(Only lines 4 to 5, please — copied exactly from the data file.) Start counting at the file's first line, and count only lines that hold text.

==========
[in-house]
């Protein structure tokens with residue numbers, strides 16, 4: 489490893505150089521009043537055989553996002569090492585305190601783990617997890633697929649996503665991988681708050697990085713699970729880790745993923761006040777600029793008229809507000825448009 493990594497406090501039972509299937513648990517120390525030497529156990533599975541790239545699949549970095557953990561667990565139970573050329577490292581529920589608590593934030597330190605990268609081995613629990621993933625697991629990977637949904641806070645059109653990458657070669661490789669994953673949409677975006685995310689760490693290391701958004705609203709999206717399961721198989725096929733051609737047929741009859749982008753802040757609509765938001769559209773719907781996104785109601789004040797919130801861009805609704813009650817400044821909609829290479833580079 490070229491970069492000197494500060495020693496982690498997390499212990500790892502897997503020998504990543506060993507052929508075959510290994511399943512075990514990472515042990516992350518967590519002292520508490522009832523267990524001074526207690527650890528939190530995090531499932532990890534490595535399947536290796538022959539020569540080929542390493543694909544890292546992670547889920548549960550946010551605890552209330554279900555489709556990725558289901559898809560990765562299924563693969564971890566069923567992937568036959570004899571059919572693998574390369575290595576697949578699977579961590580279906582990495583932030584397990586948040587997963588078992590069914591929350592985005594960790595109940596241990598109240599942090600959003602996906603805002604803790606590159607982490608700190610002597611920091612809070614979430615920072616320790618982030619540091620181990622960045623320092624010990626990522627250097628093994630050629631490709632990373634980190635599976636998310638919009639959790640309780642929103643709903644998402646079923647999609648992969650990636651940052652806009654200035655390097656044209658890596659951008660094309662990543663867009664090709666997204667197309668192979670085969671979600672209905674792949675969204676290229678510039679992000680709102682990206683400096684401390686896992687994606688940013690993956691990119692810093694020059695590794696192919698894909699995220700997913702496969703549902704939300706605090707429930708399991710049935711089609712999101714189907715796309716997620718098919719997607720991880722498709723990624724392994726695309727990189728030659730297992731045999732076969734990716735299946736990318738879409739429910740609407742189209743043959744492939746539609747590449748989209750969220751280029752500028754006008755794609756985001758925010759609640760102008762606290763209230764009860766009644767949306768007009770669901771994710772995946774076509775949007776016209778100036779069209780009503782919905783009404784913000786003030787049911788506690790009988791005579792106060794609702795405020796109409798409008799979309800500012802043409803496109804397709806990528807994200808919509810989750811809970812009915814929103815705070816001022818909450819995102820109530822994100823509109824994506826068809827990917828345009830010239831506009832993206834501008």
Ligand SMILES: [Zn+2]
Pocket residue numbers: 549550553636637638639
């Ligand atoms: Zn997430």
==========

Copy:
Pocket residue numbers: 549550553636637638639
């Ligand atoms: Zn997430």